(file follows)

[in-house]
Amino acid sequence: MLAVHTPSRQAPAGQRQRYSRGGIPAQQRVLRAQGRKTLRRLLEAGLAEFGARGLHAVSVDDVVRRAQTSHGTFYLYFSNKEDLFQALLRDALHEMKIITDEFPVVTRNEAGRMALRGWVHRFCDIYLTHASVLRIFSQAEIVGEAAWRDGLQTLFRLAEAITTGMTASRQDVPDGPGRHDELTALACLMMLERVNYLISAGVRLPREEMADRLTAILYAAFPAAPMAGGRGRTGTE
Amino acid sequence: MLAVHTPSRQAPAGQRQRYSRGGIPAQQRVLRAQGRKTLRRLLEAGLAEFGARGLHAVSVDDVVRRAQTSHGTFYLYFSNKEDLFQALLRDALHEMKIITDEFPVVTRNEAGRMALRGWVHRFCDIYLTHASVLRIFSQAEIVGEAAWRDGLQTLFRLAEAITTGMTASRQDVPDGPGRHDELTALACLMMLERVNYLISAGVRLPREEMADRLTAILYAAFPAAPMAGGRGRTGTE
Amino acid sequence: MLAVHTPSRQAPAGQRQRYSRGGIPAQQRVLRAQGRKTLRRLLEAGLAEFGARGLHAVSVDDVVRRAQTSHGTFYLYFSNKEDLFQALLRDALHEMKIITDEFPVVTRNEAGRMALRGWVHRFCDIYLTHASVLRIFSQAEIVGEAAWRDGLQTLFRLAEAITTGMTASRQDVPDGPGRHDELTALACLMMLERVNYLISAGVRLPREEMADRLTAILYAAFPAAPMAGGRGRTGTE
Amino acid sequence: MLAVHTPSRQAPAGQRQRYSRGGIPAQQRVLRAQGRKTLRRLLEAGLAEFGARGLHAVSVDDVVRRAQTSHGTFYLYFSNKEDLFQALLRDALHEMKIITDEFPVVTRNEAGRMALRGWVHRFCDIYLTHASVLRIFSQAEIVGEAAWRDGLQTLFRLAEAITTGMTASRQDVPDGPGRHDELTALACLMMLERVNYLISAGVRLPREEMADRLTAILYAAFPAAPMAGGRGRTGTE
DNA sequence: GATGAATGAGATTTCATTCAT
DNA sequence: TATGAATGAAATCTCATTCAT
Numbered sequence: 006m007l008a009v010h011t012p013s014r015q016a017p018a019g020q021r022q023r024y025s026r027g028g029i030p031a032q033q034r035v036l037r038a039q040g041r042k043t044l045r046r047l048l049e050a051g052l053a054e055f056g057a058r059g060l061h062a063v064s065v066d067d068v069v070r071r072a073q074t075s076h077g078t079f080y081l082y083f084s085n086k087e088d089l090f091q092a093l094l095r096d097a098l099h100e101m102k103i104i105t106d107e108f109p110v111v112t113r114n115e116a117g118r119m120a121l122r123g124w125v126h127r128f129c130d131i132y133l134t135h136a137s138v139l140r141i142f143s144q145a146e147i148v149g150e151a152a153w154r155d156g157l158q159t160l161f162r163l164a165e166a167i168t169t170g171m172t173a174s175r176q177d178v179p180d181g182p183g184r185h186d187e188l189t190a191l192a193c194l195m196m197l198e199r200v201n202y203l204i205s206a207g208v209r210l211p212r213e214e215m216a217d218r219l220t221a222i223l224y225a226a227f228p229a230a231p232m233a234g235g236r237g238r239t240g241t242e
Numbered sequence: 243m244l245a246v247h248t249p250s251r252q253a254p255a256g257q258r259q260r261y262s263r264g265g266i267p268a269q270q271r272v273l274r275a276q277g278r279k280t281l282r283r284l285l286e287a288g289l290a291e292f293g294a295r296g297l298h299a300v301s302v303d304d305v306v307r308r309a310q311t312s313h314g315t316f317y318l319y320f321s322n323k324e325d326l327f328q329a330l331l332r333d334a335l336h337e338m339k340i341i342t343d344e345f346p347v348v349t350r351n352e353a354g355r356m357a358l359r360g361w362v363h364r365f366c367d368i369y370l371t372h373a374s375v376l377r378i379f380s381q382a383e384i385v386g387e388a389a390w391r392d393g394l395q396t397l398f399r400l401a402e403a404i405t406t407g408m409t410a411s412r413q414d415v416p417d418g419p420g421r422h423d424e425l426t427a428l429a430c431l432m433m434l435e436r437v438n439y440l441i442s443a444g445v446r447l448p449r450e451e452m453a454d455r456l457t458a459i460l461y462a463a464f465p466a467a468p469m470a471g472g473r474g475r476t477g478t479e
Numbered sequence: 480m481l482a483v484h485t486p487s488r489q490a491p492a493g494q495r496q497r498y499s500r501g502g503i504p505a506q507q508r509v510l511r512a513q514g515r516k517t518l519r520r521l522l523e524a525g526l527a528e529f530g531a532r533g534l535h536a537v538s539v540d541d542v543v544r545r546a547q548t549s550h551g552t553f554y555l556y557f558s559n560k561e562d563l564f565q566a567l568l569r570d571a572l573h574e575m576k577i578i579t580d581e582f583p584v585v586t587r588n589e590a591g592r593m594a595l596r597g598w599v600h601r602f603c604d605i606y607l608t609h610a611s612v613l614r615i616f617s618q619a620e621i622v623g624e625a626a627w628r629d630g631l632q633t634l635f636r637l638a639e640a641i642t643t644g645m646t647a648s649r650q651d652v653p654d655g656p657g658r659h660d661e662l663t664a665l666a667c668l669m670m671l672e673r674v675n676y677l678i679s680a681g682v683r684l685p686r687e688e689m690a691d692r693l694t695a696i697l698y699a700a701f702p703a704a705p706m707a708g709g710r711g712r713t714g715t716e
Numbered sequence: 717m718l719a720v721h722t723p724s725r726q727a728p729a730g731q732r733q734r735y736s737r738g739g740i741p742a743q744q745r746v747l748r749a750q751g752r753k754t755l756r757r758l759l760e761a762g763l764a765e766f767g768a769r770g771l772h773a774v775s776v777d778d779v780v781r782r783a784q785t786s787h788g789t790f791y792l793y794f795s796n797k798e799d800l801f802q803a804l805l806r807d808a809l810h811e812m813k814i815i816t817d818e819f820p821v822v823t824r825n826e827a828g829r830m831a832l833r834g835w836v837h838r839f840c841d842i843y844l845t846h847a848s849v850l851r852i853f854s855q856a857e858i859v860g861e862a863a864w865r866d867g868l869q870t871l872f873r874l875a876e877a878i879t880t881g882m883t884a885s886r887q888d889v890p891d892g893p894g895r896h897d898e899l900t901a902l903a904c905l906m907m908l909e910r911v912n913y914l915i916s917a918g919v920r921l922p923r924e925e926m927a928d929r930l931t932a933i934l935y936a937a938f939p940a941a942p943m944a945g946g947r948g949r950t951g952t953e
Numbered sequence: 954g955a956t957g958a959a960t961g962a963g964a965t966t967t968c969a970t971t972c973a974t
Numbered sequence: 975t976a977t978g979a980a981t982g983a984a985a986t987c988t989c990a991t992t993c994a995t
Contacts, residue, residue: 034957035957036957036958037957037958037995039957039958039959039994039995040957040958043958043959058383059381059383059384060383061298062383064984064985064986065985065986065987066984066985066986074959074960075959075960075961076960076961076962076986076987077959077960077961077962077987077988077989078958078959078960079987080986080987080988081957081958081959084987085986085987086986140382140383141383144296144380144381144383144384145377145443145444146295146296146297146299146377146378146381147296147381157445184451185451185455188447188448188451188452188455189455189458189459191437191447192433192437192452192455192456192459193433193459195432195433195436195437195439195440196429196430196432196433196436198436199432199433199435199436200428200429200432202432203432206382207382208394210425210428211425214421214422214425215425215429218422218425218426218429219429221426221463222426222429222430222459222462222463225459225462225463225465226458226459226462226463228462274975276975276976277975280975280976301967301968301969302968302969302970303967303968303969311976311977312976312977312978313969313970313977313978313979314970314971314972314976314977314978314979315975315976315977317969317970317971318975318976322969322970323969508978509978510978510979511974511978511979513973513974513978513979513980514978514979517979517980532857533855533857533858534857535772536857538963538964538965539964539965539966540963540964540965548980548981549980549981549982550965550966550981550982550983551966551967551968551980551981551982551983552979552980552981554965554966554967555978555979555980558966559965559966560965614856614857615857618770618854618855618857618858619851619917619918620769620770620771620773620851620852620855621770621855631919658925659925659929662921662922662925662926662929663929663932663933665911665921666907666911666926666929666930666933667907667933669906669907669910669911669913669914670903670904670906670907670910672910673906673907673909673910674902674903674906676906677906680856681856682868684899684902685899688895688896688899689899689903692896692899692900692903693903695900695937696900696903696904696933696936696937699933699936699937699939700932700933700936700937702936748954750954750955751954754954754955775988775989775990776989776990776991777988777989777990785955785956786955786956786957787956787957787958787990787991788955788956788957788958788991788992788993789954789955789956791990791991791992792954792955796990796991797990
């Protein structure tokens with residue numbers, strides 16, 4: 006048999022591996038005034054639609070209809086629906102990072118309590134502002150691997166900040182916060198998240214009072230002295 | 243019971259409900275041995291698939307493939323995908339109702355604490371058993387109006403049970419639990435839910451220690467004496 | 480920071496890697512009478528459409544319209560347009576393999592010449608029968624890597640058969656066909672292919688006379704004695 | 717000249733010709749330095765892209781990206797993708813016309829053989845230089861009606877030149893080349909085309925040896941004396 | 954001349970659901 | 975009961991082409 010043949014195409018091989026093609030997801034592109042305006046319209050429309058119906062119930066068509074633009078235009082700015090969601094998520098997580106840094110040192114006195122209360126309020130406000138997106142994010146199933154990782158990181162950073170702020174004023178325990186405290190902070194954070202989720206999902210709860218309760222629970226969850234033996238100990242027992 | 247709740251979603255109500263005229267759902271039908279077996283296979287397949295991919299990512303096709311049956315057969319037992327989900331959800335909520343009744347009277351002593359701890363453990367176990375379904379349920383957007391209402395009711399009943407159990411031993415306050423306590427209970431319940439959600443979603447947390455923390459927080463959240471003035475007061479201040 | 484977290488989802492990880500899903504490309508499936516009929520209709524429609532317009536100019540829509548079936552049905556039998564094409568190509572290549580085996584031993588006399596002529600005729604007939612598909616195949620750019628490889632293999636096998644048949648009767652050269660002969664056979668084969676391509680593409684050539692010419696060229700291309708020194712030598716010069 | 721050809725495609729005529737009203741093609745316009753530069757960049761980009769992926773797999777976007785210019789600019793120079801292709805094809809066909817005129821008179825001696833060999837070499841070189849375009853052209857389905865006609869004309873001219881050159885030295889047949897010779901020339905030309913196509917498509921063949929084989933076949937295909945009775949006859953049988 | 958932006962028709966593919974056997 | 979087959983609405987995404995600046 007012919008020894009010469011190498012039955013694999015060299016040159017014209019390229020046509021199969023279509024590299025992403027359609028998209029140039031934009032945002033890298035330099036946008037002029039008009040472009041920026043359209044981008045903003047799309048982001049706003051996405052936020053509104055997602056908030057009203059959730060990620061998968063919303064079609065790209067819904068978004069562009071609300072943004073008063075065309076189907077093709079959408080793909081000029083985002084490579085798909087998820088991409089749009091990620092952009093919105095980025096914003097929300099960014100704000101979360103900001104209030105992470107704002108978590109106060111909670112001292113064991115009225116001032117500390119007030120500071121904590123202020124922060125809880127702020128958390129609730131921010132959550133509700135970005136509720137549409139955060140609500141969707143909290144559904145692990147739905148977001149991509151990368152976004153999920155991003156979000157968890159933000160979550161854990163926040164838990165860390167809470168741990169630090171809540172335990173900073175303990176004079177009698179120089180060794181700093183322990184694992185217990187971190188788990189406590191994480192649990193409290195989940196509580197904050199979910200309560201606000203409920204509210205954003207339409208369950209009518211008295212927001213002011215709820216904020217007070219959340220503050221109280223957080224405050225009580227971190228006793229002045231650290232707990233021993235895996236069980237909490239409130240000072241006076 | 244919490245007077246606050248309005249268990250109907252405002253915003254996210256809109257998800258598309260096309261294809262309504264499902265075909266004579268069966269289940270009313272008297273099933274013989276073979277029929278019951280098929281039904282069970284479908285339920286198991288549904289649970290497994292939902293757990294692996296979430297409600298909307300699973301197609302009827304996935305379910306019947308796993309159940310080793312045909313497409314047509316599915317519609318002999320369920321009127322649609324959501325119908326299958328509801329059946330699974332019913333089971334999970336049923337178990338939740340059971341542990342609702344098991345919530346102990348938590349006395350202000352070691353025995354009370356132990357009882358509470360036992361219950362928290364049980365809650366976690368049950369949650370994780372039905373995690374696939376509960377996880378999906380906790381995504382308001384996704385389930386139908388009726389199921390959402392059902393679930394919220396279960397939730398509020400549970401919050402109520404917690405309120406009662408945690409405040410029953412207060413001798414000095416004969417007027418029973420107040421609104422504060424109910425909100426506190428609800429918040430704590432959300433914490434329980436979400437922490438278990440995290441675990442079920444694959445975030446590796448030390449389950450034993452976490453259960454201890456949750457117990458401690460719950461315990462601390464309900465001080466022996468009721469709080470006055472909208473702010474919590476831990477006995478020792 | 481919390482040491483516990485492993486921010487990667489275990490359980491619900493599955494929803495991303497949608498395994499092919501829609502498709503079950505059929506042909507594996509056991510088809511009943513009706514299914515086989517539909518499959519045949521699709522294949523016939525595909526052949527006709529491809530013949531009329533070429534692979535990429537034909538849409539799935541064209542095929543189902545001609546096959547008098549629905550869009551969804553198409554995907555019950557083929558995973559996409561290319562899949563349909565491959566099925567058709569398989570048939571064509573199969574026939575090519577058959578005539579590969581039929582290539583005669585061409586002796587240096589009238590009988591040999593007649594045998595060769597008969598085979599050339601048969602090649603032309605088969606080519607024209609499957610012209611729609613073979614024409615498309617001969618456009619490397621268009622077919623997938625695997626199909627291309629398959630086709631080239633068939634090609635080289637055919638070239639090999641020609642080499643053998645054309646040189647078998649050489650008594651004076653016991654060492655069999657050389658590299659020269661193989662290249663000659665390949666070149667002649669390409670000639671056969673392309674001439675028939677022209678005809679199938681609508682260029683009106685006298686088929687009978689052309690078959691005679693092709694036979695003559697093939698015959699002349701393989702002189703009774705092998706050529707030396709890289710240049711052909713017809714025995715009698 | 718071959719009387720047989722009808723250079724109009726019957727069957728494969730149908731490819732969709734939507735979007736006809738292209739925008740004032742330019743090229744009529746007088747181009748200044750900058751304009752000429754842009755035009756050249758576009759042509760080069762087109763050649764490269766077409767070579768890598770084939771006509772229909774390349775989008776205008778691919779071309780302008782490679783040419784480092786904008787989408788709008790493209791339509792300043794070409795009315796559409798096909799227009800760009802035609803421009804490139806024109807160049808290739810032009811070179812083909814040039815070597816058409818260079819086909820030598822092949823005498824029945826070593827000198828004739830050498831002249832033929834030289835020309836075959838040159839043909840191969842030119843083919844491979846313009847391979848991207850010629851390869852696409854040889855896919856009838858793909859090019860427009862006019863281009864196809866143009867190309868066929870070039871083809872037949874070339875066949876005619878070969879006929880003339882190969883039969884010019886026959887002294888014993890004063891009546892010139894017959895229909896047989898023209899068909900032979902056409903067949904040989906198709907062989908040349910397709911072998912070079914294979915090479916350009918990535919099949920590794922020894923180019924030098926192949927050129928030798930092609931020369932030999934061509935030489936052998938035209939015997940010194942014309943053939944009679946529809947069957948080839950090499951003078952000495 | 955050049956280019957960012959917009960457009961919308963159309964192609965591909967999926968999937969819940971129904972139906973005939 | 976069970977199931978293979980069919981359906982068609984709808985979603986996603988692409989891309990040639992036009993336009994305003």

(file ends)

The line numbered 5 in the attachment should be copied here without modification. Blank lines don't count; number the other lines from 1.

Amino acid sequence: MLAVHTPSRQAPAGQRQRYSRGGIPAQQRVLRAQGRKTLRRLLEAGLAEFGARGLHAVSVDDVVRRAQTSHGTFYLYFSNKEDLFQALLRDALHEMKIITDEFPVVTRNEAGRMALRGWVHRFCDIYLTHASVLRIFSQAEIVGEAAWRDGLQTLFRLAEAITTGMTASRQDVPDGPGRHDELTALACLMMLERVNYLISAGVRLPREEMADRLTAILYAAFPAAPMAGGRGRTGTE